‘After Trek’ Reveals Klingon Details And Original Tardigrade Plan For ‘Star Trek: Discovery’

The fourth episode of After Trek kept things light with host Matt Mira welcoming Star Trek: Discovery’s notorious Klingon villains. Mary Chieffo (L’Rell) and Kenneth Mitchell (Kol) discussed episode five (“Choose Your Pain”) and what’s next for the Klingons. Executive producers Aaron Harberts and Gretchen J. Berg also made an appearance where they revealed details on the original idea for the Ripper the tardigrade and more.

Chieffo and Mitchell talk L’Rell, Kol and Klingon smoothies

Discussing “Choose Your Pain” Chieffo talked more about L’Rell’s capabilities including speaking other languages (like when she was torturing Lorca):

[L’Rell] is descended from spies. The Mo’Kai side of her family where her mother is from – they are known for being deceivers and weavers of lies. Like she says, language skills are highly important when you are interrogating…She is a good interrogator. She is infinitely full of surprises.

Chieffo also confirmed that it is what we think it is when it was said that L’Rell was “having her way with Ash Tyler.” 

Kenneth Mitchell revealed a bit about what is next for Kol by paraphrasing a line from a future episode which hints that Kol might be continuing to unite the Klingon houses against the Federation.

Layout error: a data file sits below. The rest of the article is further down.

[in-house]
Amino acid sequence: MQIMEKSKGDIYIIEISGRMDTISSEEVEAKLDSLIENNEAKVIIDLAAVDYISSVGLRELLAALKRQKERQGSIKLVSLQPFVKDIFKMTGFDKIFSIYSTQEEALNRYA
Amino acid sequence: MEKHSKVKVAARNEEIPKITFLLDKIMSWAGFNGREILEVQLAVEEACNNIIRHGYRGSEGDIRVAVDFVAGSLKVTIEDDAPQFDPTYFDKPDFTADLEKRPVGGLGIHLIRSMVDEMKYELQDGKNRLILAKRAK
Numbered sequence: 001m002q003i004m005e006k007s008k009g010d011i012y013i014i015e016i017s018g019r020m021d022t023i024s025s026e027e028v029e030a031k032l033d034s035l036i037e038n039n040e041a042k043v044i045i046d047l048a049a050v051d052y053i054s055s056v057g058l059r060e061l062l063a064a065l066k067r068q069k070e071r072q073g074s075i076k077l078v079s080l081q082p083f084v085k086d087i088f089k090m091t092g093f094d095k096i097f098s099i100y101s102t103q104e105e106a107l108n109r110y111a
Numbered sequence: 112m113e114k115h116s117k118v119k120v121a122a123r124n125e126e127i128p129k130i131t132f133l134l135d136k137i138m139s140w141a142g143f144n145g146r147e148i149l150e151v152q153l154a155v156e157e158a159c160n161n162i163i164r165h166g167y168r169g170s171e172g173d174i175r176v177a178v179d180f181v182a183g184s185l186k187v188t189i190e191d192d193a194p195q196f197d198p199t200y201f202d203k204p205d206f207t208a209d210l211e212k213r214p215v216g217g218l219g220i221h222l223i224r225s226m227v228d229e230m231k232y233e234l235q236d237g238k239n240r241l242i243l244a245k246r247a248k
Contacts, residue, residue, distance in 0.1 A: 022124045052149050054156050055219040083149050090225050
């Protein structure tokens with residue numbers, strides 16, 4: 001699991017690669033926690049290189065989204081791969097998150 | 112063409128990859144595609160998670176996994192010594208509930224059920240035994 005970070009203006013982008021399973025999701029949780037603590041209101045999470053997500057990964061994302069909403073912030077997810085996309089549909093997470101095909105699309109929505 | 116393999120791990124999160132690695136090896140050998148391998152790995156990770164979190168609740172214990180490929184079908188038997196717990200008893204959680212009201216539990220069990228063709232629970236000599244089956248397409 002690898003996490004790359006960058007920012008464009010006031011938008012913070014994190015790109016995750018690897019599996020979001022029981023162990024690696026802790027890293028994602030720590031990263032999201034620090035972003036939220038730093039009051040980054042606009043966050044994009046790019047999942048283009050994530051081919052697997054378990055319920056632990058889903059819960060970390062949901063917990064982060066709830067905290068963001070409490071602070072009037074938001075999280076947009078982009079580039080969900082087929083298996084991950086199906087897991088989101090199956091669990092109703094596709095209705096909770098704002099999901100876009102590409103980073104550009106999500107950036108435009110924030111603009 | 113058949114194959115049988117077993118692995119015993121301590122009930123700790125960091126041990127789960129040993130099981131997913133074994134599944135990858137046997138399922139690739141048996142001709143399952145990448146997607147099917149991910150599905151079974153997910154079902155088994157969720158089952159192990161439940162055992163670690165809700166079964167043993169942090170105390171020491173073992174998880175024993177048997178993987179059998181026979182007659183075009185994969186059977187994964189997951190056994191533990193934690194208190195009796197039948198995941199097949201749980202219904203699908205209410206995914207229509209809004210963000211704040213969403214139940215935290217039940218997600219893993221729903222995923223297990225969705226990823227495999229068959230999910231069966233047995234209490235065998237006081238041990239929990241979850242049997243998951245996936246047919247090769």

“He wants to win the war. He wants to protect his culture from the Federation. I have this line I can paraphrase in a subsequent episode where he says, ‘All I see is another attempt by humanity to rob us of our identity’. […] He’s going to do whatever it takes to protect the Klingon culture.”

The Klingon actors also discussed the difficult logistics of working with the Klingon makeup, including how there is a nutritionist on set who makes them smoothies because the can only consume things through straws. You can watch that discussion in the clip below.

Discovery is Mudd’s origin story

The showrunners talked about the introduction of the TOS character Harry Mudd (Rainn Wilson) in “Choose Your Pain.” Berg noted that the Klingon War brings out the best or worst in some people and that Mudd sees himself as a victim of the war. Aaron Harberts elaborated:

For us it was important to think about the origin of Harry Mudd. We have seen him in TOS and at that point he is already such a scoundrel. We were interested in exploring when did he begin that path. I really think that his monologue about how wartime has changed him and many others was an interesting piece of his history.

Showrunners talk about how Mudd became a scoundrel

Tardigrade was originally Stamets’ boss

Executive producers and show-runners Aaron Harberts and Gretchen J. Berg talked more about PaleyFest revelation that the tardigrade was originally planned to be a bridge officer on the USS Discovery named “Ephraim.” The character was to be Lieutenant Stamets’ boss. There were scripts written with “full on scenes,” including Ephraim talking to Michael Burnham “about the meaning of life, spores, and the beauty of mushrooms.”